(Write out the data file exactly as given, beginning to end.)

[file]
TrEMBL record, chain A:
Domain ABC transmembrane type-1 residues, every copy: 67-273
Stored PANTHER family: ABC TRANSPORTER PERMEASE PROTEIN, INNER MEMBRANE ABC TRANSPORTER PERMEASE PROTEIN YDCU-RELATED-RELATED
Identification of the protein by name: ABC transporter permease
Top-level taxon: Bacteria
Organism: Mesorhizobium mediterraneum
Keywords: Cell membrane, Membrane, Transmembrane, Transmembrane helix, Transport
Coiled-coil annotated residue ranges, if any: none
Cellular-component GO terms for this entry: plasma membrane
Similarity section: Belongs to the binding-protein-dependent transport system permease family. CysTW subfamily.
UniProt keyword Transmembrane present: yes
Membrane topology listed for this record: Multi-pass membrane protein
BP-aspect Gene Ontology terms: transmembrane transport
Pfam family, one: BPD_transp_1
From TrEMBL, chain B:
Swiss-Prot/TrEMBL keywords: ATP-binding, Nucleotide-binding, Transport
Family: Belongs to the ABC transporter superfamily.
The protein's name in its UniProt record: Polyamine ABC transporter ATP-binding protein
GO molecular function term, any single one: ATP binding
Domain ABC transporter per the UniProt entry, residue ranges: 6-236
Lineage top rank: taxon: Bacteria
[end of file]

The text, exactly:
TrEMBL record, chain A:
Domain ABC transmembrane type-1 residues, every copy: 67-273
Stored PANTHER family: ABC TRANSPORTER PERMEASE PROTEIN, INNER MEMBRANE ABC TRANSPORTER PERMEASE PROTEIN YDCU-RELATED-RELATED
Identification of the protein by name: ABC transporter permease
Top-level taxon: Bacteria
Organism: Mesorhizobium mediterraneum
Keywords: Cell membrane, Membrane, Transmembrane, Transmembrane helix, Transport
Coiled-coil annotated residue ranges, if any: none
Cellular-component GO terms for this entry: plasma membrane
Similarity section: Belongs to the binding-protein-dependent transport system permease family. CysTW subfamily.
UniProt keyword Transmembrane present: yes
Membrane topology listed for this record: Multi-pass membrane protein
BP-aspect Gene Ontology terms: transmembrane transport
Pfam family, one: BPD_transp_1
From TrEMBL, chain B:
Swiss-Prot/TrEMBL keywords: ATP-binding, Nucleotide-binding, Transport
Family: Belongs to the ABC transporter superfamily.
The protein's name in its UniProt record: Polyamine ABC transporter ATP-binding protein
GO molecular function term, any single one: ATP binding
Domain ABC transporter per the UniProt entry, residue ranges: 6-236
Lineage top rank: taxon: Bacteria